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Splash! Milk Science Update | International Milk Genomics Consortium

Keep up to date on the latest discoveries and news in milk science with our bi-monthly publication SPLASH! ®

Current Issue #112

Issue Date: January 2023

Gut Microbiome-targeting IgG Antibodies in Maternal Milk Protect Newborn Mice
By: Jyoti Madhusoodanan

Maternal milk is a potent cocktail of food and medicine: in addition to nutrients such as sugars and fats, it also carries antibodies that protect infants from various infections. IgG antibodies against commensal gut bacteria are present in mother’s milk and help newborns combat infections. A study in mice suggests that the transfer of IgG antibodies in milk is even more important than transfer via the placenta.

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Consuming Dairy Products Helps Guard against Vitamin B12 Deficiency in Older Adults
By: Anna Petherick, Ph.D.

Vitamin B12 is crucial for health. If your body is not absorbing enough of it, various health problems eventually emerge, among them anaemia, and neurological and psychological difficulties, such as struggling to walk or to see properly, and depression. For this reason, studies that guide people’s dietary choices towards getting enough vitamin B12 can make valuable contributions to public health. Vitamin B12 is crucial for health. If your body is not absorbing enough of it, various health problems eventually emerge, among them anaemia, and neurological and psychological difficulties, such as struggling to walk or to see properly, and depression. For this reason, studies that guide people’s dietary choices towards getting enough vitamin B12 can make valuable contributions to public health.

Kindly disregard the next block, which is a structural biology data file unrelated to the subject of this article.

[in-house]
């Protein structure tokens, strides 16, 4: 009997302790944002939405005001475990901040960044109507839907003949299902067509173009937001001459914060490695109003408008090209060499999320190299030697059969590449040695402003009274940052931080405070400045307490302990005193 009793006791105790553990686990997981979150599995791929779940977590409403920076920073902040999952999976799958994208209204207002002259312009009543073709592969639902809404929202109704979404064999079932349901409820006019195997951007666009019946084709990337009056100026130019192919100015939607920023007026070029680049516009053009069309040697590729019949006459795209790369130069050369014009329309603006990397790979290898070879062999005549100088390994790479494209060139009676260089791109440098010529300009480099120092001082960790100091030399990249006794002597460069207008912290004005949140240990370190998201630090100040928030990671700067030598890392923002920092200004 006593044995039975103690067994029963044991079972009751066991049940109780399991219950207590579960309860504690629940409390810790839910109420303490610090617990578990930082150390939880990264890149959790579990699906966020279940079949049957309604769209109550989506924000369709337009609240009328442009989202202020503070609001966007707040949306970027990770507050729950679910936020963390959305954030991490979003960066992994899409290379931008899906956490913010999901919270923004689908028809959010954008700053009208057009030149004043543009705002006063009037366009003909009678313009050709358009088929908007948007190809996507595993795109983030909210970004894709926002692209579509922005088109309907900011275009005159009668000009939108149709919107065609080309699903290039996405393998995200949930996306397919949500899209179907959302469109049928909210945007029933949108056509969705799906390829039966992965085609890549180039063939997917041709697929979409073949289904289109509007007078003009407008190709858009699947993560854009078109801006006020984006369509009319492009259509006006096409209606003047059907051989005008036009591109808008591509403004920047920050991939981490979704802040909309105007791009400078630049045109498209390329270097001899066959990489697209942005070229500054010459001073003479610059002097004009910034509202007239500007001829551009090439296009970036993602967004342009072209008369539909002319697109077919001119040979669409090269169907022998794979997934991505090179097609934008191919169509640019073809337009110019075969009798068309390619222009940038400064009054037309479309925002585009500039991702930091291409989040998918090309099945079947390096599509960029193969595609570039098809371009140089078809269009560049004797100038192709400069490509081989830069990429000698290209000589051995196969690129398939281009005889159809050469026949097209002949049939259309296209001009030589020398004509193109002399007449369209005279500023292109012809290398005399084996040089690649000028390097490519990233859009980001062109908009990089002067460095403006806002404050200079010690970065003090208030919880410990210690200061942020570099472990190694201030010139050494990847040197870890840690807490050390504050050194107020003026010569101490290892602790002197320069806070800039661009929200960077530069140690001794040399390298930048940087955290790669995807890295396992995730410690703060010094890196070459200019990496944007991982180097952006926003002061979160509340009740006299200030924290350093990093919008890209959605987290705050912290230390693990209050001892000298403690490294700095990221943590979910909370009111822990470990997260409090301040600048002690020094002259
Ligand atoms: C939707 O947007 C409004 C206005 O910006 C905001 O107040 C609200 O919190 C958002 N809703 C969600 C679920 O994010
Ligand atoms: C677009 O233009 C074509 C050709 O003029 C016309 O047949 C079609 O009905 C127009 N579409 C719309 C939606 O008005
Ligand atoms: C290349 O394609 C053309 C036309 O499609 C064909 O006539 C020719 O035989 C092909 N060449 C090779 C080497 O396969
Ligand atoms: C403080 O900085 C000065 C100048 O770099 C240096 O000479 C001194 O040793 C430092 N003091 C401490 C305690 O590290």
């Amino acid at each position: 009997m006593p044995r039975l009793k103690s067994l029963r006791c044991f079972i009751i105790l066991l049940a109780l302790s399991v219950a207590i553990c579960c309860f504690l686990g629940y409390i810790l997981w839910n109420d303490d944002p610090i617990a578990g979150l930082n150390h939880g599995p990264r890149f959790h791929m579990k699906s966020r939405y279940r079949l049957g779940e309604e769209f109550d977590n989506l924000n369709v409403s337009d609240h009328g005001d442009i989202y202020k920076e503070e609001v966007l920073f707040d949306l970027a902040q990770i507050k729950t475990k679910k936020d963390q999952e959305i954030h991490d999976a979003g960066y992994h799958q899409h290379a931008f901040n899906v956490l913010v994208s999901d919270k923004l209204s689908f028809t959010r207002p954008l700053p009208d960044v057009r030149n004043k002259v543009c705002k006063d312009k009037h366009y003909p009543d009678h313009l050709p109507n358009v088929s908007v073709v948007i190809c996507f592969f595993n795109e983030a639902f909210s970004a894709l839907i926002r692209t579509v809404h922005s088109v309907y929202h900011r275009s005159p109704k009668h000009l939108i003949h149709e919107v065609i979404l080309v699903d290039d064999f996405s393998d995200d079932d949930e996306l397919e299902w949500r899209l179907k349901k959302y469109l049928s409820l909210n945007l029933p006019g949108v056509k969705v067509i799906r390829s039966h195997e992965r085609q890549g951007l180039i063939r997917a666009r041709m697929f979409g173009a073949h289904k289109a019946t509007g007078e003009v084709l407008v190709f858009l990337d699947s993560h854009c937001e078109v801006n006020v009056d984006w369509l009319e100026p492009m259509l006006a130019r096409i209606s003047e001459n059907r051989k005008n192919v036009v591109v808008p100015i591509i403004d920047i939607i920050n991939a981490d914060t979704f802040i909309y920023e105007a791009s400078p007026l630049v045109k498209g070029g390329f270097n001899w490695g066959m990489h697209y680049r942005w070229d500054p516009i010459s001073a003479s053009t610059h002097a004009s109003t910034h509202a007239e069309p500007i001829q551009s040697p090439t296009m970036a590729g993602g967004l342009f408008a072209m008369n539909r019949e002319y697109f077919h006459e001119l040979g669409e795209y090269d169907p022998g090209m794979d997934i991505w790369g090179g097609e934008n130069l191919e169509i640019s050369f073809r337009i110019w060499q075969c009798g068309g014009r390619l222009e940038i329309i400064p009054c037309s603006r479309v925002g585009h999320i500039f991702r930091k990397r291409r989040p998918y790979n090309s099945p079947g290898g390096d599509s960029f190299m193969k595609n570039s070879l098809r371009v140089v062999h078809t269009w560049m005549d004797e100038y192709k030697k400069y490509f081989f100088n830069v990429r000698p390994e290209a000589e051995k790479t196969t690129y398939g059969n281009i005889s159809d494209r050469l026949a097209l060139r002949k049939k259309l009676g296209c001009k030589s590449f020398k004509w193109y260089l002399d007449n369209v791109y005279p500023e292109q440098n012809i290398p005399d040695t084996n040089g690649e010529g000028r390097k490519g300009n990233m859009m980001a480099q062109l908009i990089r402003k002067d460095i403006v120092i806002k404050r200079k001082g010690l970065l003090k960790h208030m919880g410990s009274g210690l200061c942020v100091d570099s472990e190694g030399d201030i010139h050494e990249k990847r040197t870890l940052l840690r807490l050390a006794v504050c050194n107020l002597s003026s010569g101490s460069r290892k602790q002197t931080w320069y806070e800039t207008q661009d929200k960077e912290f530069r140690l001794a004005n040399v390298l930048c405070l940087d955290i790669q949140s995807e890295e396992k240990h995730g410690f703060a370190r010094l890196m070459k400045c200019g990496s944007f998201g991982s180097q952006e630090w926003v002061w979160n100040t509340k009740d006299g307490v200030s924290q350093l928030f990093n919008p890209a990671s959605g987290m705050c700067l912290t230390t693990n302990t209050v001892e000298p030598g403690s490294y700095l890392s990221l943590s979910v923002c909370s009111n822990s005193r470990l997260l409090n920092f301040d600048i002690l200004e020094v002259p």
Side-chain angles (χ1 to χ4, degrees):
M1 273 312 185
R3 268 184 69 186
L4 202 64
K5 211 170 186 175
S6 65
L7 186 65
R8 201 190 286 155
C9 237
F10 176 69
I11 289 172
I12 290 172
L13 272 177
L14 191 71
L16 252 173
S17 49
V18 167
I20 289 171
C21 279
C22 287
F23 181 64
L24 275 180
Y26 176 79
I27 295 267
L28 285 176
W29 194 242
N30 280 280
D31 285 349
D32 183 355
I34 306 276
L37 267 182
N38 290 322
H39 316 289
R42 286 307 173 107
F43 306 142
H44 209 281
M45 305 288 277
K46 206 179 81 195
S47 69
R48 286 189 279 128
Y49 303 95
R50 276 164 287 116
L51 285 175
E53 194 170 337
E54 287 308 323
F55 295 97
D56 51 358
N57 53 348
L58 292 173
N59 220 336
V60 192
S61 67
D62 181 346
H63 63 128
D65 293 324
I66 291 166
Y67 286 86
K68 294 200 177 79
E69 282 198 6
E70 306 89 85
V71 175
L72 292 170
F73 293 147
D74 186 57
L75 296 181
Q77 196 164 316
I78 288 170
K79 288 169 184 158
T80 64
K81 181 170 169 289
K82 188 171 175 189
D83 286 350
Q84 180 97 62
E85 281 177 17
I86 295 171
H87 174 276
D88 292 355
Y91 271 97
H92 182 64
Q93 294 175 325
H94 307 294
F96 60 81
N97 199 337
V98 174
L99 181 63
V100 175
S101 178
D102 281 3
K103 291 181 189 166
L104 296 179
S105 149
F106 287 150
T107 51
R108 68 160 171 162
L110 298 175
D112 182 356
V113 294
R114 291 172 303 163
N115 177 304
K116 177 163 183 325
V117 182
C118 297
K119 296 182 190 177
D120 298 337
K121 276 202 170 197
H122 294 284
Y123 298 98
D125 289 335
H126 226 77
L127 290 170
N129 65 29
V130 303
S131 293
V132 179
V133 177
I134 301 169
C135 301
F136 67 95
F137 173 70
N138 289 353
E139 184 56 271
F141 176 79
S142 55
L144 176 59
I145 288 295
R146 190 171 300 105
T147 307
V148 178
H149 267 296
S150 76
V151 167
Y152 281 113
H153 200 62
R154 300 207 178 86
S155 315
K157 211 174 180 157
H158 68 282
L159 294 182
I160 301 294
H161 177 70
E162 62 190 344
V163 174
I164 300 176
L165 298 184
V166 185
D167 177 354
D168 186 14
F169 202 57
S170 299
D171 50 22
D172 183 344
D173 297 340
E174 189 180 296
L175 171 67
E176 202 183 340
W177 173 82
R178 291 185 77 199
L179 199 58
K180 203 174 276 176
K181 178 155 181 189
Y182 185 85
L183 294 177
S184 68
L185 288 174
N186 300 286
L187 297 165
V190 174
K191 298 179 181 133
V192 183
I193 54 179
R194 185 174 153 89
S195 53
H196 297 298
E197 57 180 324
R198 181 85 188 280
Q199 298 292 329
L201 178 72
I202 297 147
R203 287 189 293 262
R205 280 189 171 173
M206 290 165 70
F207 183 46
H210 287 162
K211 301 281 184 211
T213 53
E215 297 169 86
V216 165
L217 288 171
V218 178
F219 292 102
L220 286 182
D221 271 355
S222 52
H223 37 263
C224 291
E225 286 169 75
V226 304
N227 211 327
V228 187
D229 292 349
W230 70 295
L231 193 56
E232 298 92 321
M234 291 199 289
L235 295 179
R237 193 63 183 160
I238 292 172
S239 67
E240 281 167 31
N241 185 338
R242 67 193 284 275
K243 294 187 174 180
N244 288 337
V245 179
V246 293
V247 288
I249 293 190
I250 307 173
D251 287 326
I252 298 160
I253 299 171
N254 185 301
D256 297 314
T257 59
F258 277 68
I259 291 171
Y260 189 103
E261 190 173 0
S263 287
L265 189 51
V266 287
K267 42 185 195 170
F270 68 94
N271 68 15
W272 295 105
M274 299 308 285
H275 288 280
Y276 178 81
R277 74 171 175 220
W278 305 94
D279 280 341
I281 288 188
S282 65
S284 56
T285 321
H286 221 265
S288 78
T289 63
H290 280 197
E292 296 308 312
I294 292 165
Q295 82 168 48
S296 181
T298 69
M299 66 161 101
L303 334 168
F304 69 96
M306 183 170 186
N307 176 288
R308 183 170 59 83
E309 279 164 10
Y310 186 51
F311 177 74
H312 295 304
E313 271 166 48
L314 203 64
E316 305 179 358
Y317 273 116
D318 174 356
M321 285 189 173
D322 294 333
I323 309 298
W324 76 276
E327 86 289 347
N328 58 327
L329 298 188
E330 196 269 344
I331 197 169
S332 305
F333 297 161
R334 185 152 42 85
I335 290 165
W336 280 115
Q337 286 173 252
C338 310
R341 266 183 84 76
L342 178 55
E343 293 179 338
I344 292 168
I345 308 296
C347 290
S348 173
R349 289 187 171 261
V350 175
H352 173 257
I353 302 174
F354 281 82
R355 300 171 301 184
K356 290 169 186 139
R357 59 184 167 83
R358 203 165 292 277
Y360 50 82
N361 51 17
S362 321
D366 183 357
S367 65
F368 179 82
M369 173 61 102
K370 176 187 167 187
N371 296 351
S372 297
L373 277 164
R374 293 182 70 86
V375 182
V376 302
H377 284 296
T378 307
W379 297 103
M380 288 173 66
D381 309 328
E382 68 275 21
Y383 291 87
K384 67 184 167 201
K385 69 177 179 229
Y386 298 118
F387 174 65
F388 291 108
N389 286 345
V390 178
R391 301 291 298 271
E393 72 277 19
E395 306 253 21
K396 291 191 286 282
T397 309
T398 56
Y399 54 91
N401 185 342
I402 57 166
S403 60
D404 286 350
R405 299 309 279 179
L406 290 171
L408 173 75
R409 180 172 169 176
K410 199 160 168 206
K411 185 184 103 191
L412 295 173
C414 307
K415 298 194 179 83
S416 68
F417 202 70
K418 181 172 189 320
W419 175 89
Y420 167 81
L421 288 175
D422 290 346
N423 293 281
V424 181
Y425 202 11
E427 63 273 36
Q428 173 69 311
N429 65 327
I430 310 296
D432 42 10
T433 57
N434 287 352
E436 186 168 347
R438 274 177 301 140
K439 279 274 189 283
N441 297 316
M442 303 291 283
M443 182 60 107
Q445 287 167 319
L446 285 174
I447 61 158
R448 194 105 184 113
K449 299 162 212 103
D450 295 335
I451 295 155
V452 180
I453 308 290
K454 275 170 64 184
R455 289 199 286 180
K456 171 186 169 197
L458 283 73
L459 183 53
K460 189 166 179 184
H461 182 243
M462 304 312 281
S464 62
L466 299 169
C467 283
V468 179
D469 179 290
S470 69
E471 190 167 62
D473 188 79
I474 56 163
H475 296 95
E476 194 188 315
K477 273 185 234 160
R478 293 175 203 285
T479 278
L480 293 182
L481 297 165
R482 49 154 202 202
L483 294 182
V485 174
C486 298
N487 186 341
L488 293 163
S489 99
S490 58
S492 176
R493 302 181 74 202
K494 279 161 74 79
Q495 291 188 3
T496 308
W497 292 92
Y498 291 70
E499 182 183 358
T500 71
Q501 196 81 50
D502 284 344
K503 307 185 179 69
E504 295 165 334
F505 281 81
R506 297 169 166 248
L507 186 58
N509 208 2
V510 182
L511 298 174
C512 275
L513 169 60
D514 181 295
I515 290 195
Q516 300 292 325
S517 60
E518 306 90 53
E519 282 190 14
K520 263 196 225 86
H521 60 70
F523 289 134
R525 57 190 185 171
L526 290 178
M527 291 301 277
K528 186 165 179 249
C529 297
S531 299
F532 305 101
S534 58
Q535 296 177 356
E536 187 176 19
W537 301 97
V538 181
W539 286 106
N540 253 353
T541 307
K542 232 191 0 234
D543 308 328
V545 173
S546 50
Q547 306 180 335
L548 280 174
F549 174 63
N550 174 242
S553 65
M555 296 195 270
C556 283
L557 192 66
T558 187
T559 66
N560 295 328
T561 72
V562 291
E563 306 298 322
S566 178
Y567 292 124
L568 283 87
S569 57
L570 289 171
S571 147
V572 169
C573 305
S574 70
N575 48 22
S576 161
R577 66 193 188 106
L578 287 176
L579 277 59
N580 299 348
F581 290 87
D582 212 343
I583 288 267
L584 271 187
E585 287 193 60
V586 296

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Can Prehistoric Disease and Famine Explain the Evolution of Lactase Persistence in Europe?
By: Lauren Milligan Newmark, Ph.D.

Lactase persistence (LP) has been the textbook example for a genetic adaptation to the human diet for decades. But despite its renown, the evolutionary advantage of the LP phenotype—the ability of humans to digest the milk sugar lactose throughout the lifespan—is still under debate.

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Farm Exposures Influence Human Milk Composition and Might Reduce Allergies
By: Jyoti Madhusoodanan

Across the world, shifting from a traditional to an industrialized lifestyle changes the gut microbiome of adults. This same shift in lifestyle has also been correlated with an uptick in asthma and other allergies in children—conditions that are often preceded by changes in the gut microbiome. At present, food allergies affect approximately 1 in 13—or approximately 8 percent—of children in the U.S., according to the Centers for Disease Control and Prevention. But these conditions are rarer in children born to families that follow traditional farm-based lifestyles. For instance, fewer than 1 percent of children born in Old Order Mennonite families are diagnosed with these conditions.

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